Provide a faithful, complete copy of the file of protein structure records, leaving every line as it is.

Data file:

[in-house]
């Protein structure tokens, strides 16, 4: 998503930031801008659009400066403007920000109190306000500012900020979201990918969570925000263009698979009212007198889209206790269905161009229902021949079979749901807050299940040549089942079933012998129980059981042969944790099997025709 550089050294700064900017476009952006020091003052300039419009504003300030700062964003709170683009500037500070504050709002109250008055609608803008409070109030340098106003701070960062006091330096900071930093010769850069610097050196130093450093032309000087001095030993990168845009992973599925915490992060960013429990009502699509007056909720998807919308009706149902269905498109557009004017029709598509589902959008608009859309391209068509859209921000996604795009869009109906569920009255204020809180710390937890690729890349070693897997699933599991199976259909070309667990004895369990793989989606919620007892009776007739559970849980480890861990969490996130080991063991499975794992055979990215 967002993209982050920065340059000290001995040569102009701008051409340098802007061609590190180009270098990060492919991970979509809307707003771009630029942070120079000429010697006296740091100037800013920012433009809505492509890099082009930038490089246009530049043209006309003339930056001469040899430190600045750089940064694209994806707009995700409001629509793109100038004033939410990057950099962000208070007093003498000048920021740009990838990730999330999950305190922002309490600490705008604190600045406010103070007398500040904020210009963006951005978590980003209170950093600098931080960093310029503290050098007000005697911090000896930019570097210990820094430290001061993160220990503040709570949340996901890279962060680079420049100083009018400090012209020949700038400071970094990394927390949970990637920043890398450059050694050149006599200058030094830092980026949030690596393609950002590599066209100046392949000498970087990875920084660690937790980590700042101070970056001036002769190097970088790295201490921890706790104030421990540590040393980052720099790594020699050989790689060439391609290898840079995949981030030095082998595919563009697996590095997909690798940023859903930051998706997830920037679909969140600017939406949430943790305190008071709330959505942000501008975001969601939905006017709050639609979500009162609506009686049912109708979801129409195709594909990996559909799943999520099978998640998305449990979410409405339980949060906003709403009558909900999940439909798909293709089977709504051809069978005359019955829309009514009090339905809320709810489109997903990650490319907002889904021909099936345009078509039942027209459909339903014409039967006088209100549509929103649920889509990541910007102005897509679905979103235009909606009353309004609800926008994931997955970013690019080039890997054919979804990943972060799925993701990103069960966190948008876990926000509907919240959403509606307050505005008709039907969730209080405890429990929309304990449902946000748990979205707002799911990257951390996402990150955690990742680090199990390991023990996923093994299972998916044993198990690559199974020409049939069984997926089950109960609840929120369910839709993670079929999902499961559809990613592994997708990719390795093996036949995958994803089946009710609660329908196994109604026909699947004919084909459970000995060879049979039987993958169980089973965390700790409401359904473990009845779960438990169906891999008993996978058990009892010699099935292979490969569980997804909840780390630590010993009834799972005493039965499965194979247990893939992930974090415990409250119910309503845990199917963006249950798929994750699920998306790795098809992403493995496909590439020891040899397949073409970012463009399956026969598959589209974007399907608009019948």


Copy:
[in-house]
């Protein structure tokens, strides 16, 4: 998503930031801008659009400066403007920000109190306000500012900020979201990918969570925000263009698979009212007198889209206790269905161009229902021949079979749901807050299940040549089942079933012998129980059981042969944790099997025709 550089050294700064900017476009952006020091003052300039419009504003300030700062964003709170683009500037500070504050709002109250008055609608803008409070109030340098106003701070960062006091330096900071930093010769850069610097050196130093450093032309000087001095030993990168845009992973599925915490992060960013429990009502699509007056909720998807919308009706149902269905498109557009004017029709598509589902959008608009859309391209068509859209921000996604795009869009109906569920009255204020809180710390937890690729890349070693897997699933599991199976259909070309667990004895369990793989989606919620007892009776007739559970849980480890861990969490996130080991063991499975794992055979990215 967002993209982050920065340059000290001995040569102009701008051409340098802007061609590190180009270098990060492919991970979509809307707003771009630029942070120079000429010697006296740091100037800013920012433009809505492509890099082009930038490089246009530049043209006309003339930056001469040899430190600045750089940064694209994806707009995700409001629509793109100038004033939410990057950099962000208070007093003498000048920021740009990838990730999330999950305190922002309490600490705008604190600045406010103070007398500040904020210009963006951005978590980003209170950093600098931080960093310029503290050098007000005697911090000896930019570097210990820094430290001061993160220990503040709570949340996901890279962060680079420049100083009018400090012209020949700038400071970094990394927390949970990637920043890398450059050694050149006599200058030094830092980026949030690596393609950002590599066209100046392949000498970087990875920084660690937790980590700042101070970056001036002769190097970088790295201490921890706790104030421990540590040393980052720099790594020699050989790689060439391609290898840079995949981030030095082998595919563009697996590095997909690798940023859903930051998706997830920037679909969140600017939406949430943790305190008071709330959505942000501008975001969601939905006017709050639609979500009162609506009686049912109708979801129409195709594909990996559909799943999520099978998640998305449990979410409405339980949060906003709403009558909900999940439909798909293709089977709504051809069978005359019955829309009514009090339905809320709810489109997903990650490319907002889904021909099936345009078509039942027209459909339903014409039967006088209100549509929103649920889509990541910007102005897509679905979103235009909606009353309004609800926008994931997955970013690019080039890997054919979804990943972060799925993701990103069960966190948008876990926000509907919240959403509606307050505005008709039907969730209080405890429990929309304990449902946000748990979205707002799911990257951390996402990150955690990742680090199990390991023990996923093994299972998916044993198990690559199974020409049939069984997926089950109960609840929120369910839709993670079929999902499961559809990613592994997708990719390795093996036949995958994803089946009710609660329908196994109604026909699947004919084909459970000995060879049979039987993958169980089973965390700790409401359904473990009845779960438990169906891999008993996978058990009892010699099935292979490969569980997804909840780390630590010993009834799972005493039965499965194979247990893939992930974090415990409250119910309503845990199917963006249950798929994750699920998306790795098809992403493995496909590439020891040899397949073409970012463009399956026969598959589209974007399907608009019948």